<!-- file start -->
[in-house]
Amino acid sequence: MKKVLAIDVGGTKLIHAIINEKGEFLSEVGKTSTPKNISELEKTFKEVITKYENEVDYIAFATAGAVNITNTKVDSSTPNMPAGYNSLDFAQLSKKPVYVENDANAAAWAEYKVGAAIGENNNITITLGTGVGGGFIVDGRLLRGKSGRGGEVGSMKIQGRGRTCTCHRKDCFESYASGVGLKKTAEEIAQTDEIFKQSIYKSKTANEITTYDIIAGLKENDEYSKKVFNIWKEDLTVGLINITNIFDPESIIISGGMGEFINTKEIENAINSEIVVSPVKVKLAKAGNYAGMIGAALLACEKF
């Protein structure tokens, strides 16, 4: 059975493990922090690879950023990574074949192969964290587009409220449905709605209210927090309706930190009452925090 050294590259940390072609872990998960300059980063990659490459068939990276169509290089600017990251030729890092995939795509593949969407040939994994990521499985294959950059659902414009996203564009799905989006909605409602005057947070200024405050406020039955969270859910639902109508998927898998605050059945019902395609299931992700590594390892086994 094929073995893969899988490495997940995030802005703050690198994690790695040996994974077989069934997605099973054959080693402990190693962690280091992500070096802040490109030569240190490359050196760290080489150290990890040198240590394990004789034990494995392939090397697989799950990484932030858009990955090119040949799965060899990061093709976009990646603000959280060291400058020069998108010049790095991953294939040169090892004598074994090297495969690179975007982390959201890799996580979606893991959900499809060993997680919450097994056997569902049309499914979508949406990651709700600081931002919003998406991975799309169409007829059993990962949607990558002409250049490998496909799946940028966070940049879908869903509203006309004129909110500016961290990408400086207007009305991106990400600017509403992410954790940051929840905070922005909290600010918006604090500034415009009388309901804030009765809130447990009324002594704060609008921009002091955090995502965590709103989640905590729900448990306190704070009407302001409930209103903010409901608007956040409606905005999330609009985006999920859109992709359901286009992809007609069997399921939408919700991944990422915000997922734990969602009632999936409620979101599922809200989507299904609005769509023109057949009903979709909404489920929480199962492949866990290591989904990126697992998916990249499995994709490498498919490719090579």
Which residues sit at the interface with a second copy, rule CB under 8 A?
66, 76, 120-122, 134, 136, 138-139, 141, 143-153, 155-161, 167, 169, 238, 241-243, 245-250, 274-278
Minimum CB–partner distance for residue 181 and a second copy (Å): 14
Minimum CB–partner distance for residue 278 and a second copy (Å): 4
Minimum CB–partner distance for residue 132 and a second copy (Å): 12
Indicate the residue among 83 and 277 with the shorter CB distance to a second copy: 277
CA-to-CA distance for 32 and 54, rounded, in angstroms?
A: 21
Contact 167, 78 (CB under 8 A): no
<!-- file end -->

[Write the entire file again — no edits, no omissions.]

[in-house]
Amino acid sequence: MKKVLAIDVGGTKLIHAIINEKGEFLSEVGKTSTPKNISELEKTFKEVITKYENEVDYIAFATAGAVNITNTKVDSSTPNMPAGYNSLDFAQLSKKPVYVENDANAAAWAEYKVGAAIGENNNITITLGTGVGGGFIVDGRLLRGKSGRGGEVGSMKIQGRGRTCTCHRKDCFESYASGVGLKKTAEEIAQTDEIFKQSIYKSKTANEITTYDIIAGLKENDEYSKKVFNIWKEDLTVGLINITNIFDPESIIISGGMGEFINTKEIENAINSEIVVSPVKVKLAKAGNYAGMIGAALLACEKF
């Protein structure tokens, strides 16, 4: 059975493990922090690879950023990574074949192969964290587009409220449905709605209210927090309706930190009452925090 050294590259940390072609872990998960300059980063990659490459068939990276169509290089600017990251030729890092995939795509593949969407040939994994990521499985294959950059659902414009996203564009799905989006909605409602005057947070200024405050406020039955969270859910639902109508998927898998605050059945019902395609299931992700590594390892086994 094929073995893969899988490495997940995030802005703050690198994690790695040996994974077989069934997605099973054959080693402990190693962690280091992500070096802040490109030569240190490359050196760290080489150290990890040198240590394990004789034990494995392939090397697989799950990484932030858009990955090119040949799965060899990061093709976009990646603000959280060291400058020069998108010049790095991953294939040169090892004598074994090297495969690179975007982390959201890799996580979606893991959900499809060993997680919450097994056997569902049309499914979508949406990651709700600081931002919003998406991975799309169409007829059993990962949607990558002409250049490998496909799946940028966070940049879908869903509203006309004129909110500016961290990408400086207007009305991106990400600017509403992410954790940051929840905070922005909290600010918006604090500034415009009388309901804030009765809130447990009324002594704060609008921009002091955090995502965590709103989640905590729900448990306190704070009407302001409930209103903010409901608007956040409606905005999330609009985006999920859109992709359901286009992809007609069997399921939408919700991944990422915000997922734990969602009632999936409620979101599922809200989507299904609005769509023109057949009903979709909404489920929480199962492949866990290591989904990126697992998916990249499995994709490498498919490719090579």
Which residues sit at the interface with a second copy, rule CB under 8 A?
66, 76, 120-122, 134, 136, 138-139, 141, 143-153, 155-161, 167, 169, 238, 241-243, 245-250, 274-278
Minimum CB–partner distance for residue 181 and a second copy (Å): 14
Minimum CB–partner distance for residue 278 and a second copy (Å): 4
Minimum CB–partner distance for residue 132 and a second copy (Å): 12
Indicate the residue among 83 and 277 with the shorter CB distance to a second copy: 277
CA-to-CA distance for 32 and 54, rounded, in angstroms?
A: 21
Contact 167, 78 (CB under 8 A): no